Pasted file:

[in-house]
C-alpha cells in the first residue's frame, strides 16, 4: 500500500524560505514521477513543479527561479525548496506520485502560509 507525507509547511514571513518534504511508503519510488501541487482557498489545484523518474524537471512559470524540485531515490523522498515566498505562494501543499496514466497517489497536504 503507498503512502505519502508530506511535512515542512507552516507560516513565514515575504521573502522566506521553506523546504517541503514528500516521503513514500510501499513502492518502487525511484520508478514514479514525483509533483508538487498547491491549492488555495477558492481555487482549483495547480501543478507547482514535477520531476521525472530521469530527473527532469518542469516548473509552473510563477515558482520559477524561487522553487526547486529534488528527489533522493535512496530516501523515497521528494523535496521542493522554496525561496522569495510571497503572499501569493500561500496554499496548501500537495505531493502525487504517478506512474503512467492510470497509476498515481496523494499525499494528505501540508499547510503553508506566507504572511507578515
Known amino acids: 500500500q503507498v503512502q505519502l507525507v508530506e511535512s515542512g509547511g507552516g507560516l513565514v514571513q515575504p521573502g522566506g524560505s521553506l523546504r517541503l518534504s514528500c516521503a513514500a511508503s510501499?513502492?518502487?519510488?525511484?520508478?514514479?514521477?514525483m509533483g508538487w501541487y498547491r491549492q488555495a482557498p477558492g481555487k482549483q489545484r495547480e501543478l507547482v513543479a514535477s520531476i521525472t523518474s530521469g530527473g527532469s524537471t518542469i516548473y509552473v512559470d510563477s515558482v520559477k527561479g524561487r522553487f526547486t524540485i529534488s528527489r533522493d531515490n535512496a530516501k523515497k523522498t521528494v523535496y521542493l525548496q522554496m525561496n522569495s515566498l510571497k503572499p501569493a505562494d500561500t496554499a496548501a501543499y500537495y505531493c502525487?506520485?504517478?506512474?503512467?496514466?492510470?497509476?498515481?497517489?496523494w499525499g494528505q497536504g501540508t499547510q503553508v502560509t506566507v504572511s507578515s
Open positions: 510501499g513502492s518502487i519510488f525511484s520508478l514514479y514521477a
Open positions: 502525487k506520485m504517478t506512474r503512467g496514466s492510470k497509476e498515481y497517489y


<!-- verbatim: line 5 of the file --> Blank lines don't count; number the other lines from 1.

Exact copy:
Open positions: 502525487k506520485m504517478t506512474r503512467g496514466s492510470k497509476e498515481y497517489y